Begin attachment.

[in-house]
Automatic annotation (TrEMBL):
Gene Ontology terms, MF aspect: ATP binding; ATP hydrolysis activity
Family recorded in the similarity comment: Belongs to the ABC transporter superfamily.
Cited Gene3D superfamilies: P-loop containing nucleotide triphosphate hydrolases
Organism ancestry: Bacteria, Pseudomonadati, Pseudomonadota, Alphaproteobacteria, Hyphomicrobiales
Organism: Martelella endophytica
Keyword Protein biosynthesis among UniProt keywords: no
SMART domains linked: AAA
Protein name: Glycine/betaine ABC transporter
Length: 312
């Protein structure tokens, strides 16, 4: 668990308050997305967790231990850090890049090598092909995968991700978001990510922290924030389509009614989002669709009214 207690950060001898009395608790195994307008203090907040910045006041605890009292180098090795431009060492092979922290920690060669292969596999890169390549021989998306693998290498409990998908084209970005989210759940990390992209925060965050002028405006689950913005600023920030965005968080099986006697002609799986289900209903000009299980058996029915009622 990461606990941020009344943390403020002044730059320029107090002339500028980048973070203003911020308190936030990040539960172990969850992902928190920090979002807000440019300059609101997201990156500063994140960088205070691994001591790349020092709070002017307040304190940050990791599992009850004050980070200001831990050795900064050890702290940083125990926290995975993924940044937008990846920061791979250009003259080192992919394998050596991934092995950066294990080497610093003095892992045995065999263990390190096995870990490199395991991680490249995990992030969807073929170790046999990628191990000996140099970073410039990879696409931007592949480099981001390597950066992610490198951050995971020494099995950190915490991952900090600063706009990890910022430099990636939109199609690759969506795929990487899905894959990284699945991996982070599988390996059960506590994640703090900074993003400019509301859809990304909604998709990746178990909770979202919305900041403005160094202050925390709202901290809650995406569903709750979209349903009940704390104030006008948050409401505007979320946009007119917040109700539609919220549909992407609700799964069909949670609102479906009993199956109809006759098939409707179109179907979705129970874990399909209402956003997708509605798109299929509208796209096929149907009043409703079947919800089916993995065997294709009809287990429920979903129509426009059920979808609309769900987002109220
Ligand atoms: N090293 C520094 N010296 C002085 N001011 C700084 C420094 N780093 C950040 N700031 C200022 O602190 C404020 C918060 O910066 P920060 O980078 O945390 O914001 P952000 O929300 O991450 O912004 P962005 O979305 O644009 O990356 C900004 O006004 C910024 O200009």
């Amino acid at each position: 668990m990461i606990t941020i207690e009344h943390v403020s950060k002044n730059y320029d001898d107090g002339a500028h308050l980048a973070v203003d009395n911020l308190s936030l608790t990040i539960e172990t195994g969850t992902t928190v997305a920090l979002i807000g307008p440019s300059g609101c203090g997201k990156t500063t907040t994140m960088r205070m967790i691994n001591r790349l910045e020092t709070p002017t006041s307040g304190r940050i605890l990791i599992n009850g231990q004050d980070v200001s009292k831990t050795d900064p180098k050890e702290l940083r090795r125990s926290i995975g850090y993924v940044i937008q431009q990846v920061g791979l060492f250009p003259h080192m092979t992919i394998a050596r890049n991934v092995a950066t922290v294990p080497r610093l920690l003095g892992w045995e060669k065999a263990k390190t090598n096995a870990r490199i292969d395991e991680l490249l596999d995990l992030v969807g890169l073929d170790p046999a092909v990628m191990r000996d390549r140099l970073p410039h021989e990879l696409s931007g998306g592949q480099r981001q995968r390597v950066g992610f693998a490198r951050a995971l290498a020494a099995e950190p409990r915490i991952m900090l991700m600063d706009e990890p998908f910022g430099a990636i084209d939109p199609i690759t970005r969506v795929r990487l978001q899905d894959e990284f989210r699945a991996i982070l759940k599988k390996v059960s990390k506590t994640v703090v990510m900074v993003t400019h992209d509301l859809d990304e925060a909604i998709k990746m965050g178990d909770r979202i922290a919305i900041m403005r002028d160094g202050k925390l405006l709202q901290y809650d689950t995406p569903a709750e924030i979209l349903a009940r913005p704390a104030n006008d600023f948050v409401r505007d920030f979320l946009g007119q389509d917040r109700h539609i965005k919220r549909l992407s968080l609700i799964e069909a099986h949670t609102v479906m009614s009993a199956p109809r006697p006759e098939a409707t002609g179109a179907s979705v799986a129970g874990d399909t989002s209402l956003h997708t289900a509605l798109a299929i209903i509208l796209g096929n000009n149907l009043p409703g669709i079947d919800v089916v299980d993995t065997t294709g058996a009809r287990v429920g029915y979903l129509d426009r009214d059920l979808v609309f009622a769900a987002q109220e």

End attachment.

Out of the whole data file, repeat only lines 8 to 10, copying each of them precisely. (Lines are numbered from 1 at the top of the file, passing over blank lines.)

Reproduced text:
Keyword Protein biosynthesis among UniProt keywords: no
SMART domains linked: AAA
Protein name: Glycine/betaine ABC transporter